Tag Archives: Struggle

Me, My Stammer and I

If someone had said to me few years ago that I would one day write a blog about something I am extremely conscious of, I would have laughed out loud! But here I am and this means a big step for me.

As long as I can remember, I have always stammered. I remember when I was about 5 years old and I was struggling to ask for a toy from a boy in a classroom and he said with a puzzled look, why do you talk like this? Up until then I never really noticed my repetition of words, struggling to get the words out etc.. I went home and asked my mum and she said it’s because you are still learning to speak and I believed her for a very long time!

Fast forward many years and I am still “learning to speak”! I was bullied in school for my stammering and my parents had to come for many meetings with the school to talk about it. Having any speech therapy was never an option as my parents believed it would all go away if I gave it time. My family helped me immensely by showing their support and patience, but I grew up thinking stammering was something to hide and not talk about to the world.

Despite being good academically I could never enjoy school, but my good grades and the thrive to achieve more kept me going, I always wanted to act and take part in debates and speeches, but settled for singing instead. This gave me a chance to experience the fluency I dreamt of. I used to envy people who could say what comes in their mind without even thinking about it!

waves Over the years my stammering was like waves with high and low points, but I became very critical and unforgiving of it. I would go over and over my speech and keep telling myself that I was not trying enough to speak properly. Thinking about it now makes me feel sad at how I would be divided into two with one side trying hard to communicate and the other just being negative! I hid my stammering from everyone and would cough, pause or whatever known hideaways to cover my stammer when talking to my friends and family, even at work. I managed to work as a telephone operator in a Call Centre for four years, but the constant efforts to cover up my stammering often made me extremely tired and out of breath.

It was only few years ago that I decided to try speech therapy. That decision did not come instantly as I had often thought of it, but only found enough drive to do something about it then.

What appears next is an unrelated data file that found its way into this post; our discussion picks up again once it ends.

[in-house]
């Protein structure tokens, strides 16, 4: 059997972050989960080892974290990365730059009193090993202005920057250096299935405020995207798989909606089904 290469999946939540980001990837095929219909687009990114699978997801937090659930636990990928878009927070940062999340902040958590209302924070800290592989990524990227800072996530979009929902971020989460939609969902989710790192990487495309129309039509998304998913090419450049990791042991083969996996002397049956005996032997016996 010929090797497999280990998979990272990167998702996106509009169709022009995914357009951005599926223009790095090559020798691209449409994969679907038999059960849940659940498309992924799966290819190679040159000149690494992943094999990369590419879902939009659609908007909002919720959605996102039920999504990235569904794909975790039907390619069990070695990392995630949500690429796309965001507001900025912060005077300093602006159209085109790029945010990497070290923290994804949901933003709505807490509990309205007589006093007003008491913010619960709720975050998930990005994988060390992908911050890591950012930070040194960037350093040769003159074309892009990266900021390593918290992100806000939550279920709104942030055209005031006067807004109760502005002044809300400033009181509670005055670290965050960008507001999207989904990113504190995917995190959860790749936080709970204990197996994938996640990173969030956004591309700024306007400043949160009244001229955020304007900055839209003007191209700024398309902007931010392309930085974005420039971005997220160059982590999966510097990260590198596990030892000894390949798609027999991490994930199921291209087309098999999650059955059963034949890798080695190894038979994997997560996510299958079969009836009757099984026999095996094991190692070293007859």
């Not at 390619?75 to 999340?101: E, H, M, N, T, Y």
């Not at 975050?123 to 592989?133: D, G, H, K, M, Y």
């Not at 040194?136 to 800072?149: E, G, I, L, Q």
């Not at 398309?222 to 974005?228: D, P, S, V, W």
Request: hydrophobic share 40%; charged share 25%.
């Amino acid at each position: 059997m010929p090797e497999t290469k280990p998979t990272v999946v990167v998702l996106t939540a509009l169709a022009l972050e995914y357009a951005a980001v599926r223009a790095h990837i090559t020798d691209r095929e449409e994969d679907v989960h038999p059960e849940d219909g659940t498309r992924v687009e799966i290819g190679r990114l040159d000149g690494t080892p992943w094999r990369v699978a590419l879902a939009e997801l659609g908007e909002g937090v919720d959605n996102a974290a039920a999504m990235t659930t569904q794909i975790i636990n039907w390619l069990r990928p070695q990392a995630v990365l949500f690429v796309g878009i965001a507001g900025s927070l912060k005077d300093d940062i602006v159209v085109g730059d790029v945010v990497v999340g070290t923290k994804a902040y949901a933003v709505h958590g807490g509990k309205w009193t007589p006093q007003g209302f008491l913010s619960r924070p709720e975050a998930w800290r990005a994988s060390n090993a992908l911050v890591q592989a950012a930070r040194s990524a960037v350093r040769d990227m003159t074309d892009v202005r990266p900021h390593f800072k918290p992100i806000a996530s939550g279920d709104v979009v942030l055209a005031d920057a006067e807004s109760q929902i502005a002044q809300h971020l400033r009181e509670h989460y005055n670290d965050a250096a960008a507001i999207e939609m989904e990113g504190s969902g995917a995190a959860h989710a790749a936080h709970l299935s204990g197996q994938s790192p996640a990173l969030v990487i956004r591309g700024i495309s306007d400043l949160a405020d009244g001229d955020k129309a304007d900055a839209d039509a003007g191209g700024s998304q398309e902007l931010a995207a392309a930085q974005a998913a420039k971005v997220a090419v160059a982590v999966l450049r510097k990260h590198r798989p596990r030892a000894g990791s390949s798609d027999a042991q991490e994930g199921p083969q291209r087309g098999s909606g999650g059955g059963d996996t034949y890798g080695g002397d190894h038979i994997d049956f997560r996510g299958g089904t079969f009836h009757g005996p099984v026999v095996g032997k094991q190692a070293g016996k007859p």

The first call I made to find out about NHS speech therapy was very daunting in its own way. I was invited very quickly to the first appointment with a therapist in Chippenham, Wiltshire where I lived at that time. I went to the first session thinking there would be a magic cure waiting for me, but was also very apologetic to the therapist for wasting her time! After a few sessions, it was obvious that we needed to address my psychological approach to stammering before the physical side.

I attended a few sessions there and learned to be as kind, gentle and friendly to myself as I am to others! I know this sounds strange, but I learnt to look at me from a distance and appreciate myself. I started to take each conversation as it happened rather than thinking the whole day was a failure if I had stammered a few times during that day. Just as I was beginning to learn the positive ways to understand my stammer, we had to move from Wiltshire to West Sussex.

This threw me out of my comfort zone and I went back to my old self! It took me many more months to find out about speech therapy in the new area. I was told that there would only be one or two sessions to attend in my area before this service moved to Horsham, West Sussex. Desperate to do something about my attitude and state of mind, I took the chance. To be honest those two or three sessions probably did little to improve anything but they were reassuring enough to make me feel I was on the right track.